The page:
Becky Watts case: Nathan Matthews denies dismembering 'pleasure'
A man accused of murdering teenager Becky Watts has denied taking any pleasure in dismembering her body.
Nathan Matthews, 28, admits killing his 16-year-old stepsister but denies murder and conspiring to kidnap her.
Under cross examination, prosecutor William Mousley asked him how he felt about "cutting her body into pieces" with a circular saw.
Mr Matthews told Bristol Crown Court he "did what I had to".
Mr Mousley asked if his attitude changed after he killed her, to which he replied: " I didn't have any attitude after."
'Rude to mother'
Referring to 15 stab wounds delivered to Becky's abdomen after her death, the prosecutor asked Mr Matthews: "What about how you treated her after you killed her?"
He responded: "That's got nothing to do with how I felt about her."
Mr Matthews admitted being attracted to teenage girls and watching pornography after having sex with his long-term girlfriend Shauna Hoare, 21.
The defendant, who is accused of murdering Miss Watts in a sexually-motivated kidnap plot with Ms Hoare, denied he fancied his stepsister.
He admitted he did not like the teenager because she was rude to his mother, Anjie Galsworthy, her stepmother, but refuted suggestions he had wanted to harm her.
Earlier, Bristol Crown Court was told Mr Matthews denied downloading a pornographic film found on his laptop about the rape of a young girl.
He told the jury he would not have downloaded or watched the film and would have deleted the 17-minute clip "straight away".
Mr Matthews said he looked at online pornography "at least every two days" with his interest starting with magazines before moving on to internet videos.
However, Mr Matthews insisted his girlfriend did not share his interest in pornography.
Mr Matthews' defence lawyer, Adam Vaitilingam QC questioned him about a series of text and Facebook messages in which he and Ms Hoare talked about kidnapping teenage girls.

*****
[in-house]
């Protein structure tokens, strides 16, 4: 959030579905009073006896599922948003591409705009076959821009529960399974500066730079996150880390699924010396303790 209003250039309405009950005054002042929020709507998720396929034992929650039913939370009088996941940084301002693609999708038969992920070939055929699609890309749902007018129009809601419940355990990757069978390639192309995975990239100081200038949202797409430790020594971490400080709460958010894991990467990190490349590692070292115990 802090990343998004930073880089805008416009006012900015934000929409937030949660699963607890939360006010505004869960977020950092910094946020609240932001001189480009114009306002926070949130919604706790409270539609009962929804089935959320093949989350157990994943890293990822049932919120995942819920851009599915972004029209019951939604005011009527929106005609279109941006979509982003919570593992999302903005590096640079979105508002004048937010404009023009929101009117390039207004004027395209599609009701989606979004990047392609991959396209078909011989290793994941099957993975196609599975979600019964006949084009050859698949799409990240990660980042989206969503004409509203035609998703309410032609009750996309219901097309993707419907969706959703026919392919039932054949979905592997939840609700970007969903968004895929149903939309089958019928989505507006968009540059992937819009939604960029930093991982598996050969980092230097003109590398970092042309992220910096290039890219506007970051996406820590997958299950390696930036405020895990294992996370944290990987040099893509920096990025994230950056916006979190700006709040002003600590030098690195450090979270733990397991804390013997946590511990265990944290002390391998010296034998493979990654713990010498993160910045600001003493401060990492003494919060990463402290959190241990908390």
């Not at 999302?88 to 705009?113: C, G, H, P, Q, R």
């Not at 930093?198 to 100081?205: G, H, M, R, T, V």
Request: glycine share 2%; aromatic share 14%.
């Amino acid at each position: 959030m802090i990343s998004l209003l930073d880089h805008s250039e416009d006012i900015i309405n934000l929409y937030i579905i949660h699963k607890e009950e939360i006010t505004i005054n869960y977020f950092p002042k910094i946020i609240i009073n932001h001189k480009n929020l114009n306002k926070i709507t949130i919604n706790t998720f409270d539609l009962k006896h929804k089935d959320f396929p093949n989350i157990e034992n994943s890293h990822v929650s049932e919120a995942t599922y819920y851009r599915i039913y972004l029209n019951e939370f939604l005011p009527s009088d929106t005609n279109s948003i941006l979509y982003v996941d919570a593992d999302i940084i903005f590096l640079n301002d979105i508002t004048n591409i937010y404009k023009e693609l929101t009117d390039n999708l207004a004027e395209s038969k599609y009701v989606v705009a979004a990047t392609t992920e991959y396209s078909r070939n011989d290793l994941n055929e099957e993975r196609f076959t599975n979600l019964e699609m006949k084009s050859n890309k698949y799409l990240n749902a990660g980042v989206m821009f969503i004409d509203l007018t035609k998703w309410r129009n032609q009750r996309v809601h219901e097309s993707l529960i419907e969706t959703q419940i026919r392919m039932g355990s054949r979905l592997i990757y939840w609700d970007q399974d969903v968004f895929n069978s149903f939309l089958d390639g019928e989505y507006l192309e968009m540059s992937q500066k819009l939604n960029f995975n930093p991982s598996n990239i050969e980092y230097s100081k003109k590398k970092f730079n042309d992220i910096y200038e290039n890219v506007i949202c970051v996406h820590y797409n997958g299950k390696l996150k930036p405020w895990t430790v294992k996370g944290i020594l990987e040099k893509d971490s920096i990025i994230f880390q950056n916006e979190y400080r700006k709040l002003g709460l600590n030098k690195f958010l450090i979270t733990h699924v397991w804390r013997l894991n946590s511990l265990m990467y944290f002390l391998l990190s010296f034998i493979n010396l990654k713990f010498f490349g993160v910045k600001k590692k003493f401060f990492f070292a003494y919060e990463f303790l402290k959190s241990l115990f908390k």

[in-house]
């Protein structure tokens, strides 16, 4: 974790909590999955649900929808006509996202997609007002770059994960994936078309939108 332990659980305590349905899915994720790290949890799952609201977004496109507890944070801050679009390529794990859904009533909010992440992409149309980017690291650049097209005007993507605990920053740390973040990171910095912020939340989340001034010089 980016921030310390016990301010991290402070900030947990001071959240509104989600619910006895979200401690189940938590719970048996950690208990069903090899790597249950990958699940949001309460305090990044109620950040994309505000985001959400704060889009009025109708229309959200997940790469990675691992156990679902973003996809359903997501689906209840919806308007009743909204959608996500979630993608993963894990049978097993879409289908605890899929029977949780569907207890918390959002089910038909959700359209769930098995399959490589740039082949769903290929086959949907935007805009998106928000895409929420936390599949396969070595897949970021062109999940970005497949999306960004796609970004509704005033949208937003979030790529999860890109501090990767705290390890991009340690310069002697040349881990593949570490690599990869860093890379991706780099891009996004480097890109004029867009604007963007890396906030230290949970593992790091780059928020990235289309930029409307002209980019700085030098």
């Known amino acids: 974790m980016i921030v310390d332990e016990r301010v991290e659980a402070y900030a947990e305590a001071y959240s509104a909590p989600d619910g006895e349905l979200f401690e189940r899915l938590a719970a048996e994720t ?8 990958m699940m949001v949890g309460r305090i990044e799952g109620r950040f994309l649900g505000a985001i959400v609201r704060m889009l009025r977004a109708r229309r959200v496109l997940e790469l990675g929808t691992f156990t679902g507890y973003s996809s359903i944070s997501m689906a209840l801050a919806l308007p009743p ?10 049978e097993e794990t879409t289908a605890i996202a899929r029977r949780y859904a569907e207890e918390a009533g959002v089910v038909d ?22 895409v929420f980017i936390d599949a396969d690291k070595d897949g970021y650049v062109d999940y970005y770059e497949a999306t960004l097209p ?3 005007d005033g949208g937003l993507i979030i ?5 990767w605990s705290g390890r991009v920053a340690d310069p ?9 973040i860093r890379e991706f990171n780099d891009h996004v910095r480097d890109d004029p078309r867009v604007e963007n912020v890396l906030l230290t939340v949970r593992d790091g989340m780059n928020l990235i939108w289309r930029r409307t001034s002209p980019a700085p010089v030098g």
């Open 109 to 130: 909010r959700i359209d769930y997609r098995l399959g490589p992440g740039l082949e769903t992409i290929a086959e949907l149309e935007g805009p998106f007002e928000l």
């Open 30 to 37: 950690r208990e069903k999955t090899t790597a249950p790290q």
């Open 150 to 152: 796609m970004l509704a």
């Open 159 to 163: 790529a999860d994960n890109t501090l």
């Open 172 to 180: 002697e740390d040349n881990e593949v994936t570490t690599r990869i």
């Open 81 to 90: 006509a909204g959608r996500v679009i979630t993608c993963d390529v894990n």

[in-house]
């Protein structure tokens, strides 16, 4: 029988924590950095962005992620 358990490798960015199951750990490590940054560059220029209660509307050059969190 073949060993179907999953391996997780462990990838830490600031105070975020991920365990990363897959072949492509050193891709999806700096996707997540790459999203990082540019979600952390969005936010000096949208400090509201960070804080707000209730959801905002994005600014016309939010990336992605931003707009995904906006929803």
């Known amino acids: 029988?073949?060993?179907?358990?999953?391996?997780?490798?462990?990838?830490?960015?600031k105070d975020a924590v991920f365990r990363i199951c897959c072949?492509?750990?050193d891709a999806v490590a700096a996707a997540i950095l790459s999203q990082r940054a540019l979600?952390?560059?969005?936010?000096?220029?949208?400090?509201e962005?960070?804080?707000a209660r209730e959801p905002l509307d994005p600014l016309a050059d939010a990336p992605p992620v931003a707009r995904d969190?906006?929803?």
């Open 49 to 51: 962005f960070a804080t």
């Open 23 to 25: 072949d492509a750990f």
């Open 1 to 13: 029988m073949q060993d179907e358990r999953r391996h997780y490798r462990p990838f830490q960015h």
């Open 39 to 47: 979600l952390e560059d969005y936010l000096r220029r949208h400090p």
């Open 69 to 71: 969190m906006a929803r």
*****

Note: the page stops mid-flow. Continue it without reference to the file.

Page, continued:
Mr Matthews said the messages were "just taking the mick basically" and not serious.
He said he was "open" with her about if he found someone attractive.
"Sometimes she would catch me looking and she would slap me, or smack me, not violently and tell me off, saying I'm looking at her or whatever," he said.
Mr Matthews also told jurors he had a "fear" that Ms Hoare would leave him.
He had previously admitted there was violence in his relationship with his partner and he had "anger issues" and would "bottle things up" and would "flip" when he got "overwhelmed".
However, he denied that when he tried to knock Becky out on the day he killed her at her home in St George, Bristol, it had been a "violent attack".
Becky went missing on 19 February and her body was found in a shed several days later.
Asked how he was able to dismember Becky, Mr Matthews told the court: "It was like a bad dream, it is hard to explain exactly."
Shortly afterwards he said he realised he needed to remove her remains from the home he shared with Ms Hoare because he "knew the police were coming".
Asked why he finally confessed to the killing after days of repeatedly lying about being involved in Becky's disappearance, Mr Matthews said her family "deserved to know the truth and have a burial and say goodbye".
Mr Matthews, of Hazelbury Drive in Warmley, South Gloucestershire, also admits perverting the course of justice, preventing lawful burial and possessing a prohibited weapon.
Ms Hoare, 21, of Cotton Mill Lane, Bristol, denies murder and conspiracy to kidnap, a weapons charge, perverting the course of justice and preventing a burial.
Two other men, Donovan Demetrius, 29, and James Ireland, 23, deny assisting an offender.
The trial continues.